Insulate Your Water Heater (156/365)

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In most houses, you’ll find a large tank water heater like the one pictured below.

Insulate Your Water Heater (156/365)

If you were to open that tank up, you’d find some form of insulation surrounding an inner tank full of quite hot water. The insulation inside the tank is pretty good, but no insulation is perfect.

Try this. Go down to where the hot water tank is located and put your hand near the outside of it. If it’s not overly warm, gently touch the surface of the tank.

Depending on how well it’s insulated, the tank should feel at least a bit warm and, if the insulation is poor, it will feel quite warm to the touch.

The heat that you feel on the tank is simply being lost. The warmer the surface of the tank is, the more heat is being lost and the more energy you have to use to keep the water hot.

During the winter, this loss could be considered an extremely inefficient way to heat your home; at least the heat isn’t working against you. In the summer, though, the heat loss from your tank will actually work slightly against you as it contributes warmth to the air inside your home when you want the air to be cool.

So, what’s the solution? The best long-term solution is to insulate your tank with a water heater blanket and with a piece of insulation on the bottom, as described at energysavers.gov.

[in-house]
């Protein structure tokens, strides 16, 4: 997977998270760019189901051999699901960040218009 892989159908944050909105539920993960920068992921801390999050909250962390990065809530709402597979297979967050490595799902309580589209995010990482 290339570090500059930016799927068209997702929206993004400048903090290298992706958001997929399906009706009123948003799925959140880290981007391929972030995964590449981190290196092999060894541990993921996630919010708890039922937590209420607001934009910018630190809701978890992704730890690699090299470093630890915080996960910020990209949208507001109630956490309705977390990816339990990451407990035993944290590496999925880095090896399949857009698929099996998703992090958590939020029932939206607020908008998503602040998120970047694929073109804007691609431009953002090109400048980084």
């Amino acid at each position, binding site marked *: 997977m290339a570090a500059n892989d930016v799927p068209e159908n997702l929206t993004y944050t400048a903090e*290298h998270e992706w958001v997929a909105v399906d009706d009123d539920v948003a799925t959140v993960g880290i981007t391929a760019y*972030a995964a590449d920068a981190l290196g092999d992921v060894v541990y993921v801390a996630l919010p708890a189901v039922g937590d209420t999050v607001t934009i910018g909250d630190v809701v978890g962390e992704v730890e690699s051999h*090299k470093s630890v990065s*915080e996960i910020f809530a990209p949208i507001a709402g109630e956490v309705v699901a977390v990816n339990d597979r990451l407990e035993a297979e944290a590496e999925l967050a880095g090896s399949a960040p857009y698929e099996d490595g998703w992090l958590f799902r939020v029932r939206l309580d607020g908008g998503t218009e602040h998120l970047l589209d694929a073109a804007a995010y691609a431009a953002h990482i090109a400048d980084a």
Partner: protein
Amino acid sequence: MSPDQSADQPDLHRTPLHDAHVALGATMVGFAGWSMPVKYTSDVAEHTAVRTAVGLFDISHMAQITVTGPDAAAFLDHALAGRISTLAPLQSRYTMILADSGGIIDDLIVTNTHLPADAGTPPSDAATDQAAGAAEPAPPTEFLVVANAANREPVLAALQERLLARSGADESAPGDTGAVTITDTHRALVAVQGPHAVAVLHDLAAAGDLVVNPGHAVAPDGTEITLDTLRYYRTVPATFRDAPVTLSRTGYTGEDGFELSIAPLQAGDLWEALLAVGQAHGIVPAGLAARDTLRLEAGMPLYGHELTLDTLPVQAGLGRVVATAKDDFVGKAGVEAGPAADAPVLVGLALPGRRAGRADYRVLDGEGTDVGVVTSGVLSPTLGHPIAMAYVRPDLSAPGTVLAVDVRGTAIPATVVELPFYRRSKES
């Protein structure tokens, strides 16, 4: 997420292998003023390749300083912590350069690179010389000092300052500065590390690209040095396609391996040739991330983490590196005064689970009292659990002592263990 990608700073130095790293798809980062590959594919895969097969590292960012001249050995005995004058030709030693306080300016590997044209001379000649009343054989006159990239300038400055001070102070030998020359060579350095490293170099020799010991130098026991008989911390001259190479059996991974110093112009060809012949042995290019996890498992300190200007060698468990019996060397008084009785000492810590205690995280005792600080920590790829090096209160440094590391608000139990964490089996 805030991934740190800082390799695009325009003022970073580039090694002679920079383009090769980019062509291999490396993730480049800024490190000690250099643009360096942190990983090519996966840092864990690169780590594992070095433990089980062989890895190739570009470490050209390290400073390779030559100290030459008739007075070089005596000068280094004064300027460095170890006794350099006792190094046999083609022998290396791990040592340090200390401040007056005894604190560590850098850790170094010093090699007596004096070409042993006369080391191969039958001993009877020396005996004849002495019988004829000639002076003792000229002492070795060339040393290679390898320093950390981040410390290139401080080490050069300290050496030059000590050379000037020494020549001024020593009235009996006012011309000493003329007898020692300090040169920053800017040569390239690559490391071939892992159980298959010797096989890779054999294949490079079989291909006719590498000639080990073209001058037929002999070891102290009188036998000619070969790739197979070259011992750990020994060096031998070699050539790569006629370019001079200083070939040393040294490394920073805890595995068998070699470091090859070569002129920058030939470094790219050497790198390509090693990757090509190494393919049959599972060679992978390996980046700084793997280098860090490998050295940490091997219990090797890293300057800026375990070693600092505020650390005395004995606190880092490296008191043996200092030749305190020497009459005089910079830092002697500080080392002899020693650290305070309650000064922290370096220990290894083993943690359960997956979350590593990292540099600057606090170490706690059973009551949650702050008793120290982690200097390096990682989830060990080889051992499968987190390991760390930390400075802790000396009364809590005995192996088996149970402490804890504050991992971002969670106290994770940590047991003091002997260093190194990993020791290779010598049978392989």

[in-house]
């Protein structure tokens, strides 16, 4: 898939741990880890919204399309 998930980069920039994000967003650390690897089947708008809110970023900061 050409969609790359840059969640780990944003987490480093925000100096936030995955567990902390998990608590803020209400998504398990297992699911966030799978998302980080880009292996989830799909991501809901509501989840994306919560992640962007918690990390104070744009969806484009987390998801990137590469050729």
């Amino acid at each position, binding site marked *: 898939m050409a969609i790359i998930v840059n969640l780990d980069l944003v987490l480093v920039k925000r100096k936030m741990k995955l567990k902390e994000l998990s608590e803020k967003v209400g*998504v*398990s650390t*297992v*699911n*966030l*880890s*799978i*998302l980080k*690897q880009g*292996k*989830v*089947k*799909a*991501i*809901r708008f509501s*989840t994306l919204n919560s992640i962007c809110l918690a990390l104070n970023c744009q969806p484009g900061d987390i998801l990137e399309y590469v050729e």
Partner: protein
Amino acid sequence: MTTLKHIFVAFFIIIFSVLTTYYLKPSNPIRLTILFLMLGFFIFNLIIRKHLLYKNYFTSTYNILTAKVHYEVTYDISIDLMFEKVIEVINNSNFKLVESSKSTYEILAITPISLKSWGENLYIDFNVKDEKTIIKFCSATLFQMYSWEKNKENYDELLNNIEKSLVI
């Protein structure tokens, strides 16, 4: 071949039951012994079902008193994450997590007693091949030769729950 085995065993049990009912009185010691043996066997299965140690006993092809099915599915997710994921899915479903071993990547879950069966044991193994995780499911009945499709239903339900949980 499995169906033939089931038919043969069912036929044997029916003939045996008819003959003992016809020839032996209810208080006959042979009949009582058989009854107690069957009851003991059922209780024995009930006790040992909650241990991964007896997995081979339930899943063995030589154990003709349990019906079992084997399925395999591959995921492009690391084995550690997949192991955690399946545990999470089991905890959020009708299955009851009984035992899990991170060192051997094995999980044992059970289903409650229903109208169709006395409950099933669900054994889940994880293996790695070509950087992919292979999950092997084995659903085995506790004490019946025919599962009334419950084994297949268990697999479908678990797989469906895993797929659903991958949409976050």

The first thing to check is the R-value of your existing tank. Finding this information out can be a bit tricky. Many models have a sticker that tells you the R-value of the tank; if you can’t find one, simply identify the model and use Google. If your tank has an insulation R-value of less than 24, it’s going to be cost-effective to insulate it.

If you decide to insulate, contact your energy company first. Many energy companies will help you with a hot water heater insulation kit, either by giving it away or selling it at a very low price (on the order of $10). Depending on the company, the kit may include a blanket cut to fit your water heater as well as a piece of insulation to place under the heater to reduce downward loss.

If you do have to buy the insulation separately, look at a pre-cut hot water heater blanket at your local hardware store. Get one with a minimum R-value of 8 (and preferably higher). You should be able to find one for $20 or less that will fit your heater. You’ll want to know the dimensions of your heater before you go, so measure the height and circumference.

What can you expect to save from this? Insulating an inefficient hot water heater can cut the cost of running that heater by 5% to 10%. Depending on the model, that can save you anywhere from $5 to $20 per year, which means you’d pay for the blanket in 1 to 4 years and save money thereafter.

This is another one of those subtle “do it once, slowly save money for a long time” tasks that you can do around your home. It doesn’t immediately put cash in your pocket, but it quietly cuts your monthly energy bill by a bit. Think of it as an automatic savings plan.

This post is part of a yearlong series called “365 Ways to Live Cheap (Revisited),” in which I’m revisiting the entries from my book “365 Ways to Live Cheap,” which is available at Amazon and at bookstores everywhere. Images courtesy of Brittany Lynne Photography, the proprietor of which is my “photography intern” for this project.

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